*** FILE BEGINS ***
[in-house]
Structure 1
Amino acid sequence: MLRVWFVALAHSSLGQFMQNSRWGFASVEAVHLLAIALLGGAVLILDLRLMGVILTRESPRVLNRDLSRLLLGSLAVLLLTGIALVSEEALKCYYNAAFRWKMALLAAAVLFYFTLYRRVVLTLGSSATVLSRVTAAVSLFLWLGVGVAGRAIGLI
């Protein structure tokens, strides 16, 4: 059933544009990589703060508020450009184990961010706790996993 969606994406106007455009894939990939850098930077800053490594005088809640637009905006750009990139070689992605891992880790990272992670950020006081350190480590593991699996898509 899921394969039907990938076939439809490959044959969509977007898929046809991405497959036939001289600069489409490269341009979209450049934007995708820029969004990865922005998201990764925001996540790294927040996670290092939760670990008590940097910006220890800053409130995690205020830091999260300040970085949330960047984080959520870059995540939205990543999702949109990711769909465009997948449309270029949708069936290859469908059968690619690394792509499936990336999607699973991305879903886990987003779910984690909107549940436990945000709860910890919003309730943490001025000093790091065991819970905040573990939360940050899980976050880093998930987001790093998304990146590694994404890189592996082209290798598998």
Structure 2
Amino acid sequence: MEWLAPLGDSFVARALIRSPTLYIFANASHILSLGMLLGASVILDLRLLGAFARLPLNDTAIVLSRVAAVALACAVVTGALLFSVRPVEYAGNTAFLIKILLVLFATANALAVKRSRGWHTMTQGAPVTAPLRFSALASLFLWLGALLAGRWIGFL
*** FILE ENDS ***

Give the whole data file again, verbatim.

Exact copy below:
[in-house]
Structure 1
Amino acid sequence: MLRVWFVALAHSSLGQFMQNSRWGFASVEAVHLLAIALLGGAVLILDLRLMGVILTRESPRVLNRDLSRLLLGSLAVLLLTGIALVSEEALKCYYNAAFRWKMALLAAAVLFYFTLYRRVVLTLGSSATVLSRVTAAVSLFLWLGVGVAGRAIGLI
């Protein structure tokens, strides 16, 4: 059933544009990589703060508020450009184990961010706790996993 969606994406106007455009894939990939850098930077800053490594005088809640637009905006750009990139070689992605891992880790990272992670950020006081350190480590593991699996898509 899921394969039907990938076939439809490959044959969509977007898929046809991405497959036939001289600069489409490269341009979209450049934007995708820029969004990865922005998201990764925001996540790294927040996670290092939760670990008590940097910006220890800053409130995690205020830091999260300040970085949330960047984080959520870059995540939205990543999702949109990711769909465009997948449309270029949708069936290859469908059968690619690394792509499936990336999607699973991305879903886990987003779910984690909107549940436990945000709860910890919003309730943490001025000093790091065991819970905040573990939360940050899980976050880093998930987001790093998304990146590694994404890189592996082209290798598998």
Structure 2
Amino acid sequence: MEWLAPLGDSFVARALIRSPTLYIFANASHILSLGMLLGASVILDLRLLGAFARLPLNDTAIVLSRVAAVALACAVVTGALLFSVRPVEYAGNTAFLIKILLVLFATANALAVKRSRGWHTMTQGAPVTAPLRFSALASLFLWLGALLAGRWIGFL